Current through 2022, ch. 57, and 2022 SP3, ch. 3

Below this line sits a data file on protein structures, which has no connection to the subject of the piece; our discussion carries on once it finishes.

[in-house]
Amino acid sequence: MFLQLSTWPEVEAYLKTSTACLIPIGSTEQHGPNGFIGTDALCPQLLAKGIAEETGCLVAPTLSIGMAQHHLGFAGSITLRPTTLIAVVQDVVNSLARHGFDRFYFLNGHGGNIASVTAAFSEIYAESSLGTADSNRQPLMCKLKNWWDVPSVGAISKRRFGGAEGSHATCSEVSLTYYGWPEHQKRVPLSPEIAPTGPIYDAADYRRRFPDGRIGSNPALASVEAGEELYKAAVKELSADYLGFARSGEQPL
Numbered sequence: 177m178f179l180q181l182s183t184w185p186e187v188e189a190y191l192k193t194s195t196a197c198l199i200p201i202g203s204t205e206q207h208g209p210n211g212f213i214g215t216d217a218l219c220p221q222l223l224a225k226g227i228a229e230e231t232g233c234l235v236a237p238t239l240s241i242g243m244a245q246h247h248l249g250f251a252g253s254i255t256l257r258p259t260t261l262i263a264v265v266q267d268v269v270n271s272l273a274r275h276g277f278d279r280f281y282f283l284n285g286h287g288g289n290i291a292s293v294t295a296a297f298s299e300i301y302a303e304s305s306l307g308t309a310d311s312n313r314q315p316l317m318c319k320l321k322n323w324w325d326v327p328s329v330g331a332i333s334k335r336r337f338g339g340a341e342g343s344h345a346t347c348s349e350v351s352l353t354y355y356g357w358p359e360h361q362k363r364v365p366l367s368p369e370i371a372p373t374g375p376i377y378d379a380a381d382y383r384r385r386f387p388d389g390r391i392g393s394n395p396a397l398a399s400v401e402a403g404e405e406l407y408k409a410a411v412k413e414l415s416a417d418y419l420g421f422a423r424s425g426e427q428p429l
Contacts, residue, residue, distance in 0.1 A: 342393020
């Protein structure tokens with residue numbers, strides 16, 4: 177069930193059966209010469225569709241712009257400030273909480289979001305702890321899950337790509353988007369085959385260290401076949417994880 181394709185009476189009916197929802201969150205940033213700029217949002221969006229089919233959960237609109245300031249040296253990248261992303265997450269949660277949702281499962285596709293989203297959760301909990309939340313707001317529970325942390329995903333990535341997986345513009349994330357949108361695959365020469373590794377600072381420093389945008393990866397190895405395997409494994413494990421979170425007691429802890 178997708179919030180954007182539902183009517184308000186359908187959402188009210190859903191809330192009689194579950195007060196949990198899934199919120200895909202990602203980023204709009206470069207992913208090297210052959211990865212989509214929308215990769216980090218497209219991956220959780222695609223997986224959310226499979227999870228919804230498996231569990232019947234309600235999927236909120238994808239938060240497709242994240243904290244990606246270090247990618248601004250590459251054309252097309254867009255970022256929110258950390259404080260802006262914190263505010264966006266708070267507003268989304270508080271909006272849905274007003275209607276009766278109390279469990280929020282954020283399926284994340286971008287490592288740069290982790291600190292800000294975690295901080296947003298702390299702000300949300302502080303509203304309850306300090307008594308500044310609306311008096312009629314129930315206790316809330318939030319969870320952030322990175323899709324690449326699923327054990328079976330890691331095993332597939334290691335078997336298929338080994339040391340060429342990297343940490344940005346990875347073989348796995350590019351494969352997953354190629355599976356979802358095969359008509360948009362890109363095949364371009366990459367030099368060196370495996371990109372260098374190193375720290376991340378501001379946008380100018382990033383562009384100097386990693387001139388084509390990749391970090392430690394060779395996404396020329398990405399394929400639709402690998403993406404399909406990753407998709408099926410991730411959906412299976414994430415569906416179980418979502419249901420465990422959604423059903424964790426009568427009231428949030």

Section 45-5B-201 - Authority that requires specific grant; grant of general authorityA. An agent under a power of attorney may do the following on behalf of the principal or with the principal's property only if the power of attorney expressly grants the agent the authority and exercise of the authority is not otherwise prohibited by another agreement or instrument to which the authority or property is subject: (1) create, amend, revoke or terminate an inter vivos trust;(3) create or change rights of survivorship;(4) create or change a beneficiary designation;(5) delegate authority granted under the power of attorney;(6) waive the principal's right to be a beneficiary of a joint and survivor annuity, including a survivor benefit under a retirement plan;(7) exercise fiduciary powers that the principal has authority to delegate; or(8) disclaim property, including a power of appointment.B. Notwithstanding a grant of authority to do an act described in Subsection A of this section, unless the power of attorney otherwise provides, an agent that is not an ancestor, spouse or descendant of the principal shall not exercise authority under a power of attorney to create in the agent, or in an individual to whom the agent owes a legal obligation of support, an interest in the principal's property, whether by gift, right of survivorship, beneficiary designation, disclaimer or otherwise.C. Subject to Subsections A, B, D and E of this section, if a power of attorney grants to an agent authority to do all acts that a principal could do, the agent has the general authority described in Sections 204 through 216 [45-5B-204 to 45-5B-216 NMSA 1978] of the Uniform Power of Attorney Act.D. Unless the power of attorney otherwise provides, a grant of authority to make a gift is subject to the provisions of Section 217 [45-5B-217 NMSA 1978] of the Uniform Power of Attorney Act.E. Subject to Subsections A, B and D of this section, if the subjects over which authority is granted in a power of attorney are similar or overlap, the broadest authority controls.F. Authority granted in a power of attorney is exercisable with respect to property that the principal has when the power of attorney is executed or acquires later, whether or not the property is located in this state and whether or not the authority is exercised or the power of attorney is executed in this state.G. An act performed by an agent pursuant to a power of attorney has the same effect and inures to the benefit of and binds the principal and the principal's successors in interest as if the principal had performed the act. Laws 2007, ch. 135, § 201; 1978 Comp., § 46B-1-201 recompiled as § 45-5B-201 by Laws 2011, ch. 124, § 102.1978 Comp., §§ 46B-1-101 to § 46B-1-403 were recompiled as §§ 45-5B-101 to § 45-5B-403 by Laws 2011, ch. 124, § 102.